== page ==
Insurance Co. Sues After Storm, Claims Inadequate ‘Climate Change’ Preparation by City Officials

Zoey DiMauro | May 28, 2014 | 1:35pm EDT
Font Size

City of Chicago. (AP)

( – The Farmers Insurance Company is suing 98 Illinois towns, Cook County, and the Metropolitan Water Reclamation District of Greater Chicago, asserting they were insufficiently prepared to deal with the effects of global warming that allegedly caused  heavy rains and flooding in those areas last spring, damaging property, which led to expensive claims against the company.

“During the past 40 years, climate change in Cook County has caused rains to be of greater volume, greater intensity and greater duration than pre-1970 rainfall history evidenced,” reads the lawsuit, adding that the infrastructure systems used by the towns to manage the heavy rainfall  apparently are “inaccurate and obsolete.”

“This defendant knew or should have known that climate change in Cook County has resulted in greater rainfall volume, greater rainfall intensity and greater rainfall duration than pre-1970 rainfall history evidenced, resulting in greater stormwater runoff from a rainfall with Cook County and its Watersheds,” state the plaintiffs.

As a result, the “defendant knew that, because of climate change-causing increased rainfall,” it “had to increase stormwater storage capacity of its stormwater  sewer system(s) to prevent sewer water invasions,” claim the plaintiffs.

The lawsuit also states that in 2008, Cook County, the City of Chicago, and other municipalities had “adopted the scientific principle that climate change has caused increases in rainfall amount” and to help address the problem had adopted the Chicago Climate Action Plan.

Flood damage during the April 17-18, 2013 rainstorm. (AP Photo)

The heavy rains and flooding that occurred April 17-18, 2013 caused damage in at least 600 homes in the Chicago area that were covered by Farmers, a national company that insures vehicles, homes and small businesses.

Some streets were underwater from overflowing sewer drains, and sewer water damaged houses and other property, with some leaks so sudden that geysers of filthy water reportedly shot out from floor drains, toilets, showers and other basement floor openings, according to the lawsuit.

Farmers Insurance Exchange, its subsidiaries, and the Illinois Farmers Insurance Company are the plaintiffs named in the 143-page lawsuit, and some of the 98 defendants include the City of Chicago, Cook County, the City of Evanston, and the Village of LaGrange.  (See Farmers Lawsuit.pdf)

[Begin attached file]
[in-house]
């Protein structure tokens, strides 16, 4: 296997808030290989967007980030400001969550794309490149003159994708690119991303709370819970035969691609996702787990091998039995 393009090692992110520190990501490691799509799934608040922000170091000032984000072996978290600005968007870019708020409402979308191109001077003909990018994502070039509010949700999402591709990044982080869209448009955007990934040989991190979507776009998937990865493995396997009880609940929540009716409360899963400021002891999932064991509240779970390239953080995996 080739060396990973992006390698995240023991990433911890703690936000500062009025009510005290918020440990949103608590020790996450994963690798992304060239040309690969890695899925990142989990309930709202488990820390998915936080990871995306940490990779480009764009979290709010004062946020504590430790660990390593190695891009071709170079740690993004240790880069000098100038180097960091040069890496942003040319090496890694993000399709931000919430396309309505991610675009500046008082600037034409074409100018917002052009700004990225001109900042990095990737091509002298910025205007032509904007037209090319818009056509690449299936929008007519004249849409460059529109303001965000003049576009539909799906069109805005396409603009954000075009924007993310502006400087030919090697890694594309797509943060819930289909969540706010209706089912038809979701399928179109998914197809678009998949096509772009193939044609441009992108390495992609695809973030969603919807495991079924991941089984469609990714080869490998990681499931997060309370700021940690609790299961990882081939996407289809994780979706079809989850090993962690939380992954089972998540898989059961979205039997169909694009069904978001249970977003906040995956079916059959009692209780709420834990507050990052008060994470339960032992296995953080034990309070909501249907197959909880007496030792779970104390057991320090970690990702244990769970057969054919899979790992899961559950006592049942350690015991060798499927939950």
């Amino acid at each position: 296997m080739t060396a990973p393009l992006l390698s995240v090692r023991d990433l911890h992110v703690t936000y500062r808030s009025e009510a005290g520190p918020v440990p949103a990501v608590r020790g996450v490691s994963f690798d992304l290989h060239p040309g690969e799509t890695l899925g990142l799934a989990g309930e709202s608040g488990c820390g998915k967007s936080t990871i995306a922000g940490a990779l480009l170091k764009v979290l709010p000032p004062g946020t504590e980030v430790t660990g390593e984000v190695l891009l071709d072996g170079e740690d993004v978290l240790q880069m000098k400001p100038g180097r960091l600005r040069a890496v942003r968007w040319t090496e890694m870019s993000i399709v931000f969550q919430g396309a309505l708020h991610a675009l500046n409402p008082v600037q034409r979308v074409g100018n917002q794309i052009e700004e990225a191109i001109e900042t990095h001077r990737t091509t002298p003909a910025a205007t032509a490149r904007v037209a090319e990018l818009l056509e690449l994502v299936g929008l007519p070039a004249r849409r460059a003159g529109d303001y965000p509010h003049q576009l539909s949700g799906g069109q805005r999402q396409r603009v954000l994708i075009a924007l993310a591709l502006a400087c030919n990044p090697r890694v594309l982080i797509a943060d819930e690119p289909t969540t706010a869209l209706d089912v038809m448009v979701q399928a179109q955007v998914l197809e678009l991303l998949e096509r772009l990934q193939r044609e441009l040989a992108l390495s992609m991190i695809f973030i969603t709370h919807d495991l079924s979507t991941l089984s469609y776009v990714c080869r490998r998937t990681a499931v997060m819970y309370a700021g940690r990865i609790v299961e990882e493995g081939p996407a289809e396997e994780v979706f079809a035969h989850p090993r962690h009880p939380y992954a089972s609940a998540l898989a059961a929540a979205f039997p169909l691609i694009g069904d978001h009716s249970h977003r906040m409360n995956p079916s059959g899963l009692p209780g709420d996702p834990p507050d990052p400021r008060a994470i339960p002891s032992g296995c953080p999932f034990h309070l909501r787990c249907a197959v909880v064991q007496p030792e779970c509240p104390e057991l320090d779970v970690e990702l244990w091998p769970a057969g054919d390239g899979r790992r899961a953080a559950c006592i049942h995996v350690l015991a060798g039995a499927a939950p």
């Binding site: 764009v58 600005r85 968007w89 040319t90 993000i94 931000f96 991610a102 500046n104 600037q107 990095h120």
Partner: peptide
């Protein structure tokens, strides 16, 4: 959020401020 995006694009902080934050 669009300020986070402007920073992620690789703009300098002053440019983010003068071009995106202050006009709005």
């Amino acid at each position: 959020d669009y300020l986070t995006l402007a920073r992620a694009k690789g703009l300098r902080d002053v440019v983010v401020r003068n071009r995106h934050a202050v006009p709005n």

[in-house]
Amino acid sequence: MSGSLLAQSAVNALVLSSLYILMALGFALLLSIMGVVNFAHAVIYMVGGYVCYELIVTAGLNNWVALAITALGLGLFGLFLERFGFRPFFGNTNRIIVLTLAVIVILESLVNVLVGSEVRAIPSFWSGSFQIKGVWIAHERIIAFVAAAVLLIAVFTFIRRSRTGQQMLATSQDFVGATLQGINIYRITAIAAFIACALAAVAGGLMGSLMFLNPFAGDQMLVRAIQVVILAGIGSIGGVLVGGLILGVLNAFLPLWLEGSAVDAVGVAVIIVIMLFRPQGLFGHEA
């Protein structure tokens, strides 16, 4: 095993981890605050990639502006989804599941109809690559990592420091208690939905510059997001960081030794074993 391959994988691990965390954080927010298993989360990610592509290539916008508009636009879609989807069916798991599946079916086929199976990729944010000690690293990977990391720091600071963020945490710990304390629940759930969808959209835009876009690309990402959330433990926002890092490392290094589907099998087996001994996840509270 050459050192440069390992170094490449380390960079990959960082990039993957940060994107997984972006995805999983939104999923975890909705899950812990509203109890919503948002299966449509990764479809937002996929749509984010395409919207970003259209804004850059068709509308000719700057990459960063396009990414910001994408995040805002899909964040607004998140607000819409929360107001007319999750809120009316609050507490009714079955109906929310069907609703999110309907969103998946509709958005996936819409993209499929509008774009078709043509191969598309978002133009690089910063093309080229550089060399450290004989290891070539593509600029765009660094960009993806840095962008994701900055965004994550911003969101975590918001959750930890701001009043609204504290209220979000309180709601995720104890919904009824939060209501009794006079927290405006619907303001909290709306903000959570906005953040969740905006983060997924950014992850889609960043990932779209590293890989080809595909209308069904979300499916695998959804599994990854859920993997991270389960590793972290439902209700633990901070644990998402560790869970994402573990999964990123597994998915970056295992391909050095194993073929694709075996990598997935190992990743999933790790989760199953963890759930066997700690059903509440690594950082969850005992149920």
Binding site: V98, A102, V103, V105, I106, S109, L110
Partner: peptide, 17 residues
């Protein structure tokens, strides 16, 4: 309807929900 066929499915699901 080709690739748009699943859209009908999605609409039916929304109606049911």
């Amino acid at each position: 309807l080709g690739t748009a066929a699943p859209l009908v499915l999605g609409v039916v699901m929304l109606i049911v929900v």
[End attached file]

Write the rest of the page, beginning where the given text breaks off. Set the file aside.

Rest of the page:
The class-action lawsuit was filed in the Circuit Court of Cook County on April 16, 2014.

A spokesperson from Farmers Insurance, Luis Sahagun, said that by suing the municipalities the company “has taken what we believe is the necessary action to recover payments made on behalf of our customers.”

(AP Photo)

They maintain that the damages were “caused by what we believe to be a completely preventable issue,” said Sahugen, and that the lawsuit will “prevent [such damage] from happening again.”

No exact dollar amount was cited for damages relief in the lawsuit.  However, the document says the plaintiffs are seeking the “award of compensatory damages against this defendant … in excess of the jurisdictional minimum of this court,” and “such other relief” to which the plaintiffs “may be entitled.”

“The central question is whether the Defendants have failed to safely operate retention basins, watershed basins … for the purpose of safely conveying stormwater within the Defendant’s territorial jurisdictions,” says the lawsuit.

The rainfall on April 17-18 of last year was especially heavy for that time of year, with NASA weather data reporting an accumulation of 5-6 inches in 24 hours in the Chicago area. In addition, rain from earlier in the week had saturated the ground.

But the lawsuit says bad weather and insufficient preparation by municipalities to deal with the effects of climate change are to blame for the damage.

The lawsuit cites several things the municipalities could have done to prevent or mitigate the flooding, such as placing sandbags, constructing levees, or pumping down stormwater storage basins and sewers.

“The likelihood and magnitude of the potential danger of its failure to manage sewer water was foreseeable,” the lawsuit claims.

(AP Photo)

Myron Ebell, director of the Center for Energy and Environment at the Competitive Enterprise Institute,  believes that the lawsuit went overboard when it inserted climate change into the equation.

He told,  “The Chicago area probably ought to do more for planning how to prevent damages from extreme weather events, but that really doesn't have anything to do with global warming. It has to do with the responsibilities of government to plan for disaster. In some sense, the reasons for why they're not prepared is irrelevant.”

Ebell said this type of litigation as setting “an extremely bad precedent. I think that the claims of climate change are going to be used in the financial world by anyone who can claim it as, you know, a hook to either claim some damages or avoid responsibility for damages.”

He also believes there is no evidence for the claim that climate change is causing more incidents of severe weather, citing research from Professor Robert Pielke Jr., at University of Colorado at Boulder and the UN Intergovernmental Panel on Climate Change.

One lawyer for the defendants, Michael Del Galdo, founding attorney of Del Galdo Law Group in Berwyn, Ill.,  finds the lawsuit “outrageous.”

He told the Chicago Tribune, "Farmers Insurance couldn't sue Mother Nature to cover their costs; so, they chose to squeeze suburban communities and their taxpayers and shove their cost of doing business on them." contacted the law offices representing Farmers and the municipalities to find out the next step in the legal proceedings, but neither office responded before this story was posted.

mrc merch